The Daredevil Superfans Who Snuck Inside An EPCOT Attraction To Explore & Document It Before It Was Destroyed

by SharonKurheg

With time comes change, and there’s no greater example of this than at Disney parks. In fact, Walt Disney himself was said to say, “Disneyland will never be completed. It will continue to grow as long as there is imagination left in the world.”

Growth can sometimes be a whole new park, or a new land within a park. But sometimes that change is in the form of tearing one attraction down to make room for another. At Walt Disney World, attractions such as The Many Adventures of Winnie The Pooh replaced Mr. Toad’s Wild Ride, Journey Into Your Imagination With Figment replaced Journey Into Your Imagination (which replaced the original Journey Into Imagination – we wrote about that whole hot mess in this post), and an entire nightclub complex, Pleasure Island, was “reimagined” into the current Disney Springs shopping district (granted, work on Disney Springs didn’t even start in earnest until about half a decade after they closed Pleasure Island but let’s save that for another blog post).

Horizons was a dark ride attraction at Epcot that opened in 1983, closed in 1994, reopened in 1995 while Test Track was being built and Universe of Energy was under renovation, and closed again, this time for good, in 1999. It was demolished in mid-2000 to make way for the current Mission: SPACE attraction. Horizons had something of a cult following and to this day, there’s lament of the loss of what some think is the best attraction ever seen in the history of Epcot.


PC: Sam Howzit/Flickr

When Disney attractions close, there’s historically no official documentation, at least not that fans ever get to see. Two young adults in Florida who loved Horizons decided to change that…

Screen Shot 2019-05-10 at 3.10.06 PM

Remember being able to smell the orange groves in Horizons? PC: Sam Howzit/Flickr

Dave “Hoot Gibson” E. and Ed “Chief Thunder” B. Jr. were longtime Orlando residents who were total Horizons geeks, to the point where they had been on the ride a bajillion times since it opened and had amassed lots and lots of information about the attraction. The two best friends were devastated when the attraction suddenly closed in 1994 (this was years before the “Come see it one last time before it goes away forever” campaigns), but equally as thrilled when it temporarily reopened in 1995.


In a pre-9/11 Walt Disney World, security measures were basically implemented only when the park noticed significant and repeated incidents of park guests climbing out of their ride vehicles. Only then would they apply whatever security measures were necessary for that particular attraction: Universe of Energy was monitored on closed circuit television; The Living Seas and Haunted Mansion had intrusion mats (a security system that completely shuts down the ride when stepped on by someone who had exited their vehicle); and Spaceship Earth eventually got infrared sensors.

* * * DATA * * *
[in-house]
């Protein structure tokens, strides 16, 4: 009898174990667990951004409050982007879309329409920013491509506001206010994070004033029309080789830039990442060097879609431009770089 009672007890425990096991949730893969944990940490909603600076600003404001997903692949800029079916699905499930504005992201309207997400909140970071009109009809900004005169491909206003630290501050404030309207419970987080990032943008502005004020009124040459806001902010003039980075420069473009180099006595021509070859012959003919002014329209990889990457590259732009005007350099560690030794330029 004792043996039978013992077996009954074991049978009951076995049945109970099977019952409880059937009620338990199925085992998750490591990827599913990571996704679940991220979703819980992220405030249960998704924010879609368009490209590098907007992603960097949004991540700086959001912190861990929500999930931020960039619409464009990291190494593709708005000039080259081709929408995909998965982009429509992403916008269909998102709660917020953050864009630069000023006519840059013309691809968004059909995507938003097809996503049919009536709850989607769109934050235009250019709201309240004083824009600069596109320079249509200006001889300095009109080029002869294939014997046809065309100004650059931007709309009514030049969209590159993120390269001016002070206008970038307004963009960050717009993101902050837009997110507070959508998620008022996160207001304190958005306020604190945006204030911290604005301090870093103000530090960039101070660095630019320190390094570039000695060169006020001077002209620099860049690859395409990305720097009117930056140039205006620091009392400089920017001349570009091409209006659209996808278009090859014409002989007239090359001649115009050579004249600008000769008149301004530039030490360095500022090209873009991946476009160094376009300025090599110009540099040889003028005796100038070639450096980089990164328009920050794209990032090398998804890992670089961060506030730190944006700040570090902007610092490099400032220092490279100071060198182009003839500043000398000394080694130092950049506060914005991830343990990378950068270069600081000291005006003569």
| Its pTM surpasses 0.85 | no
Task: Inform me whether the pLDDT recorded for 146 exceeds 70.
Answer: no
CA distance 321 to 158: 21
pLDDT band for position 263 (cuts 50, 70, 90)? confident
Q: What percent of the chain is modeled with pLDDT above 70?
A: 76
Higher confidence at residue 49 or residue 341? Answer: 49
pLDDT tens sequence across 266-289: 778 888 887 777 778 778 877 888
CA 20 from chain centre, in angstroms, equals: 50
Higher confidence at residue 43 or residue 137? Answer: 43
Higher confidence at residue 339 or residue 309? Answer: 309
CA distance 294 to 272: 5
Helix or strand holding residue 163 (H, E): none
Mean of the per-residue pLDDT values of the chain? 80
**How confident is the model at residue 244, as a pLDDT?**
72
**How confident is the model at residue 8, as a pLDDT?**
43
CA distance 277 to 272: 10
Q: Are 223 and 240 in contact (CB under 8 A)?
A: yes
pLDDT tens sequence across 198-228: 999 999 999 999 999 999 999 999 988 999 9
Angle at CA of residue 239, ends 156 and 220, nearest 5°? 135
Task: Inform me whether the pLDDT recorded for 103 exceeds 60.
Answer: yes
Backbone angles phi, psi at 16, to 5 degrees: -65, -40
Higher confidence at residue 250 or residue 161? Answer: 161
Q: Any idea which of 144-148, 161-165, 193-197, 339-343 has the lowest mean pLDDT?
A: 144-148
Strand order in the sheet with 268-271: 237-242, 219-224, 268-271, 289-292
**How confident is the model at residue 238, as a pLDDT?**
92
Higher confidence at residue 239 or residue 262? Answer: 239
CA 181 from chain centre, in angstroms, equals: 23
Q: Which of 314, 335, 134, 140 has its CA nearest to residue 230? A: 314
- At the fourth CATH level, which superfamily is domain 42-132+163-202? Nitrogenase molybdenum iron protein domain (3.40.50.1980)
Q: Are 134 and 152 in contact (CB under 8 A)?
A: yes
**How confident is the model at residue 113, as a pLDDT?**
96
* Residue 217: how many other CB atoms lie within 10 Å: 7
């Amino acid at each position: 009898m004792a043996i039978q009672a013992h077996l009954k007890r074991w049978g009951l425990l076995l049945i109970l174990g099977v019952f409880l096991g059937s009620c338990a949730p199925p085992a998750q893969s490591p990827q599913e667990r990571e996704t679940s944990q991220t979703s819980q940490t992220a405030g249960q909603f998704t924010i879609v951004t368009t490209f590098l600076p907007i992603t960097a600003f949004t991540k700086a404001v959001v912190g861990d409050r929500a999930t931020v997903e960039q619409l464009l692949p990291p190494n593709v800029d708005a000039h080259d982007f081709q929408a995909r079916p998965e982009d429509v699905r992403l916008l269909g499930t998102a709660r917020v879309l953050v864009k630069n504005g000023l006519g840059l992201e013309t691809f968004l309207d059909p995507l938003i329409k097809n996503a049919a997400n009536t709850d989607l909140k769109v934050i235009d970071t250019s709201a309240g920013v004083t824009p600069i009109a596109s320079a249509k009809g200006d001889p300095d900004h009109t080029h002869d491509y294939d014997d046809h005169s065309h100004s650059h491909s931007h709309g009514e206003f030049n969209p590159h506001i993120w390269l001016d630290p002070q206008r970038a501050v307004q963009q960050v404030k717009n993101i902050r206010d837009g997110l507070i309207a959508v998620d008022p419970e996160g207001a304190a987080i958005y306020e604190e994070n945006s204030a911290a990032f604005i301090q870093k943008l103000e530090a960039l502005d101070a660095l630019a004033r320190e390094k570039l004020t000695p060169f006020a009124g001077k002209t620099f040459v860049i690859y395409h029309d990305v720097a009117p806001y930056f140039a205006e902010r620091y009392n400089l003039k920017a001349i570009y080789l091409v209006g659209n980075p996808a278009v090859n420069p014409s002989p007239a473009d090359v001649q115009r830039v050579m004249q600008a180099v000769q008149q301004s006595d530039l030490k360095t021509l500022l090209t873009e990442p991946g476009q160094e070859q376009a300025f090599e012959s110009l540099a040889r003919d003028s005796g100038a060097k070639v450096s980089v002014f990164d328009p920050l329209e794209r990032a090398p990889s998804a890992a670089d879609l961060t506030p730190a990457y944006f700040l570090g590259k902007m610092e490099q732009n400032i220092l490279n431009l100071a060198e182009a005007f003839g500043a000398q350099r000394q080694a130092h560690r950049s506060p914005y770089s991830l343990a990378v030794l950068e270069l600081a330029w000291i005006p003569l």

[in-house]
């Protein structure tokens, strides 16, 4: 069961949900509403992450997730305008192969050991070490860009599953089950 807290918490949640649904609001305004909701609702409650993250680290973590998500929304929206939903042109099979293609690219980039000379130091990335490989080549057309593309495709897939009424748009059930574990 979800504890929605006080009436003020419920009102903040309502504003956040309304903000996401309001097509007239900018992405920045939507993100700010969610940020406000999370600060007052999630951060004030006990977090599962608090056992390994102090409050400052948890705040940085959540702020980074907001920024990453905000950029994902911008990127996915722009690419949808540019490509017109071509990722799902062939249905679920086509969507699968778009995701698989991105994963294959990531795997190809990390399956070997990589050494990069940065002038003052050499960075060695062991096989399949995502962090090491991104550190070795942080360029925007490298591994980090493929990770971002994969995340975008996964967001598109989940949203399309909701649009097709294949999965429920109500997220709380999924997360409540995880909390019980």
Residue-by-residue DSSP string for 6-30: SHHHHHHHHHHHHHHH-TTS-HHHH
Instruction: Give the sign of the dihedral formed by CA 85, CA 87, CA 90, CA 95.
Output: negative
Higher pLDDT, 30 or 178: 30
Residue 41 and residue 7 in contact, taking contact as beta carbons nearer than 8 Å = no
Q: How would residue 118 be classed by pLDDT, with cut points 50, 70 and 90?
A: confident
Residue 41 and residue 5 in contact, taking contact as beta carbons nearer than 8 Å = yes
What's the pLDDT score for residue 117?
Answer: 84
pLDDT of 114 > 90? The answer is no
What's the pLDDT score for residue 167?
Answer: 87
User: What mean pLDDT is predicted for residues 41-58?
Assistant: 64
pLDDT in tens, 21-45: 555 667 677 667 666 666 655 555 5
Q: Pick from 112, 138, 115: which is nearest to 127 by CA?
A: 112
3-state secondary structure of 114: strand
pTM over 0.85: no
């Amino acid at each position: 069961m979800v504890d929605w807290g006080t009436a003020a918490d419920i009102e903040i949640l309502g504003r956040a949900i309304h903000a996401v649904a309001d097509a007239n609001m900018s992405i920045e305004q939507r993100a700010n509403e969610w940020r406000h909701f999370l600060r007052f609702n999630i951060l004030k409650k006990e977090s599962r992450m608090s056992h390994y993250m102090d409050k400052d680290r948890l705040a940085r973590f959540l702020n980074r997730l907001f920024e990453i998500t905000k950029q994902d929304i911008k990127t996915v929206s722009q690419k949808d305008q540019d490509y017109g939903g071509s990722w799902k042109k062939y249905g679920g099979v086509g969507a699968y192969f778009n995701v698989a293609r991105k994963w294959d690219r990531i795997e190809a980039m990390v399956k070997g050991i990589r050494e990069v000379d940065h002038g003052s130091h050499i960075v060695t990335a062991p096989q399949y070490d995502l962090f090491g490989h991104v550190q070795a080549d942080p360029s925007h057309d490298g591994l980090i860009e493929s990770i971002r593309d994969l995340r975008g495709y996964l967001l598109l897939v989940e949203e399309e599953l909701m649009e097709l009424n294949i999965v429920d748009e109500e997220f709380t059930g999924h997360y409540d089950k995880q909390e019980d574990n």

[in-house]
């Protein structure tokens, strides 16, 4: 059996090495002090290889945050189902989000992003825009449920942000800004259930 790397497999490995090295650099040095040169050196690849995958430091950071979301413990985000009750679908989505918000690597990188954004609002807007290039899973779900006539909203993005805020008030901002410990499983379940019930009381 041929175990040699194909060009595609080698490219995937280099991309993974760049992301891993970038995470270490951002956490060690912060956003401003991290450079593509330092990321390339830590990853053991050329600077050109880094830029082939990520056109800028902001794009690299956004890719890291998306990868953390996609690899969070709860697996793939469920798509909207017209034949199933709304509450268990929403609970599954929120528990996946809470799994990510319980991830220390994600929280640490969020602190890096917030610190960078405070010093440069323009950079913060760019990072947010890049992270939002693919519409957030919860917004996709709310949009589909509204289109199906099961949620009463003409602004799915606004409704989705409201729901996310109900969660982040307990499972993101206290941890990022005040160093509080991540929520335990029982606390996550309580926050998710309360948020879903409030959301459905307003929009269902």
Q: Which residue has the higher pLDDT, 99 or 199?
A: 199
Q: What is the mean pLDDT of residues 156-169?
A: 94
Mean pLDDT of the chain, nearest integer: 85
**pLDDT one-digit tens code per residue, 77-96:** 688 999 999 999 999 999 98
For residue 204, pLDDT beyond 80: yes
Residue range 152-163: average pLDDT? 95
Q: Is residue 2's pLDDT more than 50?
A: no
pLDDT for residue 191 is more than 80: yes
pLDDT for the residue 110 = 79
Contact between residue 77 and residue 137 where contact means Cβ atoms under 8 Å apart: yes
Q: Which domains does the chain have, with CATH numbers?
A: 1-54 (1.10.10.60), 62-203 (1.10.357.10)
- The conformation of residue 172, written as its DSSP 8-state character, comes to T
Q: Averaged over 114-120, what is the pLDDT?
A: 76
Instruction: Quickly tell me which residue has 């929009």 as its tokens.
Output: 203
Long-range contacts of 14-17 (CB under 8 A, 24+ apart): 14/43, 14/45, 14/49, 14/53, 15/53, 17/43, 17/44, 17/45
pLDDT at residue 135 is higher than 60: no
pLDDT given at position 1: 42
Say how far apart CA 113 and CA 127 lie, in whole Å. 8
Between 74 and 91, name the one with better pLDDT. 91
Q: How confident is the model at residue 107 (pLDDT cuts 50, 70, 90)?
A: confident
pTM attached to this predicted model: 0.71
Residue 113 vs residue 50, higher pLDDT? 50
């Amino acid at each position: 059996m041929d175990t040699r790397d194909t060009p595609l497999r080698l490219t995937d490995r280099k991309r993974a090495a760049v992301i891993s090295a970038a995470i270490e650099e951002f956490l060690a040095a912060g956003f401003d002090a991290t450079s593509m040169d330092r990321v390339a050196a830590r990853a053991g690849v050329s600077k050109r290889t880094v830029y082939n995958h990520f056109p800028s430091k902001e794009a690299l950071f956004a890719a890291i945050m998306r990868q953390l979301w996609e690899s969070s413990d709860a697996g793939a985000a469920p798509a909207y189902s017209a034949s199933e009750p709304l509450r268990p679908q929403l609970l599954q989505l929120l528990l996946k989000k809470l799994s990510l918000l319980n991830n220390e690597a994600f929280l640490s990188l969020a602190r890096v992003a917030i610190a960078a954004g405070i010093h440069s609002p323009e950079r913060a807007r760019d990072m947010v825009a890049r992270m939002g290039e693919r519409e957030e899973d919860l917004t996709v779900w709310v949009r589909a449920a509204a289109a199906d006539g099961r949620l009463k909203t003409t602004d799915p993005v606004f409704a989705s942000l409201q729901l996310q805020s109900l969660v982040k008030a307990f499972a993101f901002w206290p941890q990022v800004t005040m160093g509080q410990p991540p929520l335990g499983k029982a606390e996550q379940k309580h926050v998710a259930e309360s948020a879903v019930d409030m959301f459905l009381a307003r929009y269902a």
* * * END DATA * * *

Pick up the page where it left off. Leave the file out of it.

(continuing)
Horizons was one of the few, if not THE only Walt Disney World attraction with virtually no security inside. No hidden cameras, no intrusion pads, no sensors, no nothing. And with all the info they had gathered about the attraction, Chief and Hoot knew it. So the guys took the 1995 reopening as their chance to get as many pictures and as much video footage of the attraction as they could before it closed again forever. And to do this, they devised a plan to exit their seats during the ride, document as much of the attraction as they could, and then re-enter ride seats…all without being caught.

The plan worked!


PC: Sam Howzit/Flickr

Fast forward a whole lot of years and in 2009, the guys started a blog called MesaVerdeTimes (raise your hand if you get the reference) about their 1990s adventures that included some of their photos and video footage. Although I don’t condone their actions, I have to admit that they did an amazing job of documenting the attraction for posterity (if you want to read the blog from the beginning to now, start on this page, from March 1, 2009). Heads up that the blog has more than its share of adult language.

The blog posts went on, with fewer each year, until they ended in 2013. There one more entry in the summer of 2014, when Hoot posted that, sadly, Chief had passed away at the age of 45, of cancer. Fast forward to early 2019, and there was suddenly one more post from Hoot:

Thursday, January 3, 2019

Months ago, a young film maker messaged me about doing a film about our adventures, as you see them here on this blog. He didn’t know whether or not I would like the idea and he did something extraordinary. He made the film almost complete to show how much he loved the story! I thought it was wonderful after watching it 16 times and told him he had my blessing 100%. Not only was he driven as an artist and film maker but he is naturally gifted in the fine art of story telling. The Film maker is Mathew Serrano.

Here’s the video. Heads that when you click on the link, it says that the video “may inappropriate for some users.” Hoot and Chief were no angels and there are lots and LOTS of F-bombs, S-bombs and other adult language that would make the video NSFW and NSFTWSE (not safe for those with sensitive ears). Assuming you can get past that, ENJOY! I think it’s a fascinating look at a long-lost beloved attraction.

As Paul Harvey used to say, “And now you know the REST of the story!” 😉

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This post first appeared on Your Mileage May Vary

1 comment

dmane May 14, 2019 - 12:01 pm

I really enjoyed this. Thanks for sharing!


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